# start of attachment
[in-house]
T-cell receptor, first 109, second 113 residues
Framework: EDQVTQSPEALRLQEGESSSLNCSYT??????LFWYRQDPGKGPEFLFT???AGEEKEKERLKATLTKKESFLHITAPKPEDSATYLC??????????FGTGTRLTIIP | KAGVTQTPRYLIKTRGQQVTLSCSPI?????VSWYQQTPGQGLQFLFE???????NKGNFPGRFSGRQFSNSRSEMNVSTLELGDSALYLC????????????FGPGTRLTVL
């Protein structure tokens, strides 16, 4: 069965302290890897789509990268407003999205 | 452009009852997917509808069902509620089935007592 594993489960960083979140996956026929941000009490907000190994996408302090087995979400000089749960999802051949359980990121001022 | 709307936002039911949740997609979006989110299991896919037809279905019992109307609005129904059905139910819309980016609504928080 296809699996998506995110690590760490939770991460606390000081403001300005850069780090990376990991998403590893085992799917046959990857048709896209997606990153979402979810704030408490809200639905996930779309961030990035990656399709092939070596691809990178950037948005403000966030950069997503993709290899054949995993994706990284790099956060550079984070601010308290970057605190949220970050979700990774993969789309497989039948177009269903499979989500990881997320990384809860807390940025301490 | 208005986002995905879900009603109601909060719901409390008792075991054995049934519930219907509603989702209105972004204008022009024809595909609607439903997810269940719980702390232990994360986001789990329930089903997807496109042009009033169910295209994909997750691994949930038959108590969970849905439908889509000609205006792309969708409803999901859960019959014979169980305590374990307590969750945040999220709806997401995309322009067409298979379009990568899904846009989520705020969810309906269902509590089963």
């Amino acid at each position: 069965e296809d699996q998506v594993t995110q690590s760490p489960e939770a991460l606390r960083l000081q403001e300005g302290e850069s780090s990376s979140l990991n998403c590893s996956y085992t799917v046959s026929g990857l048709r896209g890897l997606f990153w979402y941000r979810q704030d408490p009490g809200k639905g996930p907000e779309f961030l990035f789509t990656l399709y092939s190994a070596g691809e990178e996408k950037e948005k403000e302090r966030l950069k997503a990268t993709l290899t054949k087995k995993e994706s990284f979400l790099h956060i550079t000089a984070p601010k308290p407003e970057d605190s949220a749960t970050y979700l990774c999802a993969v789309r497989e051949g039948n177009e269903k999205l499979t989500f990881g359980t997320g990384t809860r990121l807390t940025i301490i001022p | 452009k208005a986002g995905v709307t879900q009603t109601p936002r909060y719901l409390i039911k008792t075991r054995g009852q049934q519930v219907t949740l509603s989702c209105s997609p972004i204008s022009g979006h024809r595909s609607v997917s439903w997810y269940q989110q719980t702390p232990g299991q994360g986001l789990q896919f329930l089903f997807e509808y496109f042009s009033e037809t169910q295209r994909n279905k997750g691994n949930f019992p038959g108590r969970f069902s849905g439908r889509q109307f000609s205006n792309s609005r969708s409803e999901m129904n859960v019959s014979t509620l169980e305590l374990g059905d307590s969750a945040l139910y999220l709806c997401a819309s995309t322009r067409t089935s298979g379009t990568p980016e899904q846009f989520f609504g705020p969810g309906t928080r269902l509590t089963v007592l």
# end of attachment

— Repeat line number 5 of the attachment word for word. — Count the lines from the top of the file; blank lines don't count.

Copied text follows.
């Amino acid at each position: 069965e296809d699996q998506v594993t995110q690590s760490p489960e939770a991460l606390r960083l000081q403001e300005g302290e850069s780090s990376s979140l990991n998403c590893s996956y085992t799917v046959s026929g990857l048709r896209g890897l997606f990153w979402y941000r979810q704030d408490p009490g809200k639905g996930p907000e779309f961030l990035f789509t990656l399709y092939s190994a070596g691809e990178e996408k950037e948005k403000e302090r966030l950069k997503a990268t993709l290899t054949k087995k995993e994706s990284f979400l790099h956060i550079t000089a984070p601010k308290p407003e970057d605190s949220a749960t970050y979700l990774c999802a993969v789309r497989e051949g039948n177009e269903k999205l499979t989500f990881g359980t997320g990384t809860r990121l807390t940025i301490i001022p | 452009k208005a986002g995905v709307t879900q009603t109601p936002r909060y719901l409390i039911k008792t075991r054995g009852q049934q519930v219907t949740l509603s989702c209105s997609p972004i204008s022009g979006h024809r595909s609607v997917s439903w997810y269940q989110q719980t702390p232990g299991q994360g986001l789990q896919f329930l089903f997807e509808y496109f042009s009033e037809t169910q295209r994909n279905k997750g691994n949930f019992p038959g108590r969970f069902s849905g439908r889509q109307f000609s205006n792309s609005r969708s409803e999901m129904n859960v019959s014979t509620l169980e305590l374990g059905d307590s969750a945040l139910y999220l709806c997401a819309s995309t322009r067409t089935s298979g379009t990568p980016e899904q846009f989520f609504g705020p969810g309906t928080r269902l509590t089963v007592l």